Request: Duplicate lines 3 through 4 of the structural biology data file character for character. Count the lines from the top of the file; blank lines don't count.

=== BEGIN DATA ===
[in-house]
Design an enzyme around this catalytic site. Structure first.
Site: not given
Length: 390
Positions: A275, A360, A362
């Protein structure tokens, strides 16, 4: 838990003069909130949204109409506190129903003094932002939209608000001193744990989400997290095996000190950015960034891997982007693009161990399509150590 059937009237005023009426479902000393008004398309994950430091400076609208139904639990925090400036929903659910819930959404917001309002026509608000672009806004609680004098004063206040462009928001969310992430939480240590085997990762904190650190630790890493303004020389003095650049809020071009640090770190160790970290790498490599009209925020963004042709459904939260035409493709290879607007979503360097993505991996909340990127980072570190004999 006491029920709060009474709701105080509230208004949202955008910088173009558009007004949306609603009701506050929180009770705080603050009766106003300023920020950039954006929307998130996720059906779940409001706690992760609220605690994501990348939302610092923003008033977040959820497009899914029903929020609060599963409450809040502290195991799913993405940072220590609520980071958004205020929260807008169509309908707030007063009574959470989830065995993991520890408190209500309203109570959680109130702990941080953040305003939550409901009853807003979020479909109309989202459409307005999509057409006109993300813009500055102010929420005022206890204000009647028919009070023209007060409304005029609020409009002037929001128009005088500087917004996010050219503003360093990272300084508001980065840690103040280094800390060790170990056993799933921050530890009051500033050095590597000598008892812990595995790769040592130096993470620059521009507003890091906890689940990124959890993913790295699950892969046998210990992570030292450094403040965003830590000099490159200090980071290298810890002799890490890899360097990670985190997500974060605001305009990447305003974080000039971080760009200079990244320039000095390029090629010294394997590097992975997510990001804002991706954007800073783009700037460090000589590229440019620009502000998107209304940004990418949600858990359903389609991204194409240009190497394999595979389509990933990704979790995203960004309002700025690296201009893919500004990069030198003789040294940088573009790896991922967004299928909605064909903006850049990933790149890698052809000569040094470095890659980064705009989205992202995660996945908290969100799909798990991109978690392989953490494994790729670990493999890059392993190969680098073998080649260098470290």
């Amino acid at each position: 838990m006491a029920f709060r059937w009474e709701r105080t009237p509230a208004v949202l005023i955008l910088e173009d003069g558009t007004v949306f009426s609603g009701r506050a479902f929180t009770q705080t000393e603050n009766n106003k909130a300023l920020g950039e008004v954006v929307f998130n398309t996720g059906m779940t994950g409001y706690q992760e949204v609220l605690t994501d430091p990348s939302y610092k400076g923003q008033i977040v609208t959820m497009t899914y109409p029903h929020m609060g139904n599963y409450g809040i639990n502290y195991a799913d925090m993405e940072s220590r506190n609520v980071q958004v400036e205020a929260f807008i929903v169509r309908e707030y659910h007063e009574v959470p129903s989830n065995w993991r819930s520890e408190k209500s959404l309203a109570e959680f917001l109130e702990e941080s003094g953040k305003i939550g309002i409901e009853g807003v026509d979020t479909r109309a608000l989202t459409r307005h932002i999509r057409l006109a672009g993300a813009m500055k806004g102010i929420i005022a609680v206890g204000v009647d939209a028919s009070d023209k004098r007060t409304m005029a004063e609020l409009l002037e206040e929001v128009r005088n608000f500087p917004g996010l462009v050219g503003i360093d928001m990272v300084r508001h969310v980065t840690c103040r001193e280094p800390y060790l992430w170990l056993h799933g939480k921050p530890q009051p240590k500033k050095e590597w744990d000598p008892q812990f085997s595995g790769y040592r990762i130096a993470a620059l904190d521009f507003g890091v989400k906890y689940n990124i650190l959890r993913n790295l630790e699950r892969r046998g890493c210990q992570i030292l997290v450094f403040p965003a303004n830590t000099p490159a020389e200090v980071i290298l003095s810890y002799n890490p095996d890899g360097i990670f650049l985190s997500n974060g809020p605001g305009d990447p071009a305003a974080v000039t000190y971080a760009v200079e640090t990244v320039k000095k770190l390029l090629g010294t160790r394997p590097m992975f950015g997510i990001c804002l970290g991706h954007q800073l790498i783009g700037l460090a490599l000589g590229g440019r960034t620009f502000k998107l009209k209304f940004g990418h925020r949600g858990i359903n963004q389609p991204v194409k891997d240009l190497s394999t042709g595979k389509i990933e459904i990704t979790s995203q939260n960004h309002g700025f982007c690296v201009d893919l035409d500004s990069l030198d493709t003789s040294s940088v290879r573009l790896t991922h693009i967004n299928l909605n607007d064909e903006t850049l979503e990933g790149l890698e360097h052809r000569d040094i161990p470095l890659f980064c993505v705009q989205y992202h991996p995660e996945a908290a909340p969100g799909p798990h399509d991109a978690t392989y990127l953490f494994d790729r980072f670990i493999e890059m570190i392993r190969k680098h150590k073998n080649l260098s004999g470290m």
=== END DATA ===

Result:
Site: not given
Length: 390